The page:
In what turned into an extended discussion, Rep. Pat Ownbey, (R) Ardmore, and Sen. Frank Simpson, (R) Springer, discussed the difficulties in funding a teacher pay raise during the final Ardmore Chamber of Commerce Legislative Luncheon of the session last week.
In a discussion prompted by a question from the audience, the legislators addressed a hot topic issue of the session, increasing teacher pay across the state. The topic has been at the forefront of education as the state has dealt with a historic hemorrhage of teachers to area states that can offer teachers higher salaries, such as Texas.
Ownbey said in order to fund a pay increase a consistent stream of revenue has to be identified.
“You have to be able to fund it some way,” Ownbey said. “You can’t just support it for a year. If you want additional revenues in funding education you have to find them through revenue generating measures.”
“If you do a teacher pay raise you have to have reoccurring revenue to pay for that pay raise,” Simpson said.
Simpson said he didn’t believe a teacher pay raise would be possible this year going into session, with the state facing filling a $880 million hole left by the general revenue failure. The State Department of Education was one of the few agencies that didn’t see a cut. The State Regents for Higher Education, however, wasn’t so lucky and continued the trend of receiving less funds.
“OU and OSU can survive that,” Simpson said. “They can find ways to get money and cover a budget cut but as the budget cut trickles down to the feed trough and you get to the regional colleges and community colleges that cut is very profound.”
While both Ownbey and Simpson said a teacher pay raise is needed to stay competitive, the problem comes with funding the pay increase. State Question 640, which was passed in 1992, requires 75 percent approval from both houses (or approval via a vote of the people in a general election) in order for a revenue increasing bill to become law. Simpson said he believes many legislators in both houses don’t have “the political courage” to vote for a revenue increasing bill. The legislators said creating a new revenue bill to fund the teacher pay raise would require 3/4 of both houses to cooperate.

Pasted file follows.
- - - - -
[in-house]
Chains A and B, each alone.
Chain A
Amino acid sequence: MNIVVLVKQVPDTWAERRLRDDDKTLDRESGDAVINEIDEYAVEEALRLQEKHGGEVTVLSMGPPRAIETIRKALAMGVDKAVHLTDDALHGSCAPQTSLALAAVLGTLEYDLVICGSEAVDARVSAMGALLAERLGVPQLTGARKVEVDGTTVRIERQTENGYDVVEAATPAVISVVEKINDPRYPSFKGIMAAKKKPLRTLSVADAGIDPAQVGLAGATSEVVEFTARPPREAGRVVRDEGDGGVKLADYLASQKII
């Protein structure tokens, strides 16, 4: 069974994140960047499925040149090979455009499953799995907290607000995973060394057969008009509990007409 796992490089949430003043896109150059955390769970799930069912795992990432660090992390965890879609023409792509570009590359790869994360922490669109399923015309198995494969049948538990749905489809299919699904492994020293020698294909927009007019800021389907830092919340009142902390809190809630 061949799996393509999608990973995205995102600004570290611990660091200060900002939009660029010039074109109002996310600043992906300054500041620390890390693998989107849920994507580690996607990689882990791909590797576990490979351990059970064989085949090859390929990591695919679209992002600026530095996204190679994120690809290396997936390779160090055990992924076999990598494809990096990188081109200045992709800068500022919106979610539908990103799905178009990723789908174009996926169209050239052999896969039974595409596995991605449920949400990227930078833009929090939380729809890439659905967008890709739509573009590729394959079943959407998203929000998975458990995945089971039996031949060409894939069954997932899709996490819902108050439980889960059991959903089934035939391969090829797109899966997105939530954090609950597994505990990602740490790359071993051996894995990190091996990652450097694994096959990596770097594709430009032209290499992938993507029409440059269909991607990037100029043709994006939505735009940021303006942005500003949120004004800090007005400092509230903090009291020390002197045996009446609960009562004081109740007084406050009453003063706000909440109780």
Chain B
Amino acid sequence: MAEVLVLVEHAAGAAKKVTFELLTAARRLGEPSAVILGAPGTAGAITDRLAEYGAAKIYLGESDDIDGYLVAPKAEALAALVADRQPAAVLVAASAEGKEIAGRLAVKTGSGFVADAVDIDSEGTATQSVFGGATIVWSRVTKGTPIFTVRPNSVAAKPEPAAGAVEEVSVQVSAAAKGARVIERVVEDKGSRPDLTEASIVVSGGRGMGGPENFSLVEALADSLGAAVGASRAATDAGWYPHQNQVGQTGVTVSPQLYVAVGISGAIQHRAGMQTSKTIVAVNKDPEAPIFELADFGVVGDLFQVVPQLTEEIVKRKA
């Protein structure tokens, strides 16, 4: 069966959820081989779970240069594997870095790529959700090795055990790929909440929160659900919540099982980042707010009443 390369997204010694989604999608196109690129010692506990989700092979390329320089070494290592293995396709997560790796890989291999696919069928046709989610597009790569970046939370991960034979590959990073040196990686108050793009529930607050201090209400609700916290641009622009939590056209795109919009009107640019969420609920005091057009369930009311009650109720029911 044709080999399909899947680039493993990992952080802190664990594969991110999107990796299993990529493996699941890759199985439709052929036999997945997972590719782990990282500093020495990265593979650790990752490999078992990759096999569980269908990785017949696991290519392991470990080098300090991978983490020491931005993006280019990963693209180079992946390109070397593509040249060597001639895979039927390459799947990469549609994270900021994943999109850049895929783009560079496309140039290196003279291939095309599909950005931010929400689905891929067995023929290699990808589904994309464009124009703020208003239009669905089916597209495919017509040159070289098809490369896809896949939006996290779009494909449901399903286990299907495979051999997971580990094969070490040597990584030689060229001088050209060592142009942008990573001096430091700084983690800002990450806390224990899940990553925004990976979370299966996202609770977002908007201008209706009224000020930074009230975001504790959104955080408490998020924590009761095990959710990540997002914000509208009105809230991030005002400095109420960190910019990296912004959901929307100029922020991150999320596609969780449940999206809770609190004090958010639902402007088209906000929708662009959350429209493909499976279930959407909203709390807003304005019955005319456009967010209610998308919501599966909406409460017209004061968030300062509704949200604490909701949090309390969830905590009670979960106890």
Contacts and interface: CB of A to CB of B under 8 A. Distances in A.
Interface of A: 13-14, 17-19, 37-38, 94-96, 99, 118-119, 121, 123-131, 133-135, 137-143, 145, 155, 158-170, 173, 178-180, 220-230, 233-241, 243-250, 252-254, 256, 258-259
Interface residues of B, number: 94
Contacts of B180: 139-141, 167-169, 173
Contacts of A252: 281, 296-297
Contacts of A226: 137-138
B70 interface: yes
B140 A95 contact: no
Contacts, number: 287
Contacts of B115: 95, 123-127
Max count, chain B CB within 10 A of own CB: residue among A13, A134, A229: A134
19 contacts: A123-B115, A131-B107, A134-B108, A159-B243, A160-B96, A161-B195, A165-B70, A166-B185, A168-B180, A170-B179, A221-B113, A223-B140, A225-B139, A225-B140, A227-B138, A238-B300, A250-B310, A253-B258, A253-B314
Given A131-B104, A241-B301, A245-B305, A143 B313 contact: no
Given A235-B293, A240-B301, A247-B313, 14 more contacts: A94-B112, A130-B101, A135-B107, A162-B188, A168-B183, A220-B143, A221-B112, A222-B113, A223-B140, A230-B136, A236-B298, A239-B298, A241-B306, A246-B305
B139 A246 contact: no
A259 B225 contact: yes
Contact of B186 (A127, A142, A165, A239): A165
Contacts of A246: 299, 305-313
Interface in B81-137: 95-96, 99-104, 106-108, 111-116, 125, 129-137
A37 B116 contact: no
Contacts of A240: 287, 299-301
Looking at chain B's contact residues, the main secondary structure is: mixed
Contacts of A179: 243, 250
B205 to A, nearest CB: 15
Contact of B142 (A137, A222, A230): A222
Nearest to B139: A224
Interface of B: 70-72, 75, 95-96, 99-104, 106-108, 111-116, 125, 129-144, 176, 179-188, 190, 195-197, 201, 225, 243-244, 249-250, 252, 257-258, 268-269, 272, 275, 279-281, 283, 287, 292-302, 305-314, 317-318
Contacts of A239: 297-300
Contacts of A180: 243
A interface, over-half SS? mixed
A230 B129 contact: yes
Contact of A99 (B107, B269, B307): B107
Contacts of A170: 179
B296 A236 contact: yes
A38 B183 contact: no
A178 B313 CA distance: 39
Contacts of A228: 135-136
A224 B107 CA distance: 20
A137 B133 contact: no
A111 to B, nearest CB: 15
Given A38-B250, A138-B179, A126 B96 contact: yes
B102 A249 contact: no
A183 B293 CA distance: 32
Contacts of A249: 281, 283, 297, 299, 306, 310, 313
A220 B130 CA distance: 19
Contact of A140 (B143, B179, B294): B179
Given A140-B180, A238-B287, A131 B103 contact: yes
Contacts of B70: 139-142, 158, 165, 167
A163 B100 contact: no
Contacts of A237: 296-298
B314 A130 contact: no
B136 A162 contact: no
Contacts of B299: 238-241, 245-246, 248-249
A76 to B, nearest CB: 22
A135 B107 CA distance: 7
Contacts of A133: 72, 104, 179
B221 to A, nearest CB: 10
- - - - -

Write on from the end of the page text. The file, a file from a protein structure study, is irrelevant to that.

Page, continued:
Simpson noted that there are some misconceptions surrounding teacher pay in other states. He cited the minimum teacher pay in Texas, which is $28,080 for a teacher with no experience, according to the Texas Education Agency. The minimum salary of a teacher with no experience in Oklahoma, according to the Oklahoma State Department of Education, is $31,600.
Ownbey told the attendees of the luncheon that the legislator only sets the minimum teacher pay, which leaves the districts to make the decision on teachers’ salaries. Both noted that the minimum salary schedule needs to be increased.
In a change of pace, the legislative duo asked the crowd several questions regarding educational funding, including school administration consolidation. When asked who in the room would support administrative consolidation, a large majority of the room raised their hands. When asked who would support school consolidation, including area schools, the same majority of attendees raised their hands.
School consolidation and administrative consolidation has been viewed as a potential solution to education budget woes statewide. Administrative consolidation would eliminate several administrative positions in an area and create a single, or a reduced number, of superintendent(s) who would oversee schools in an area.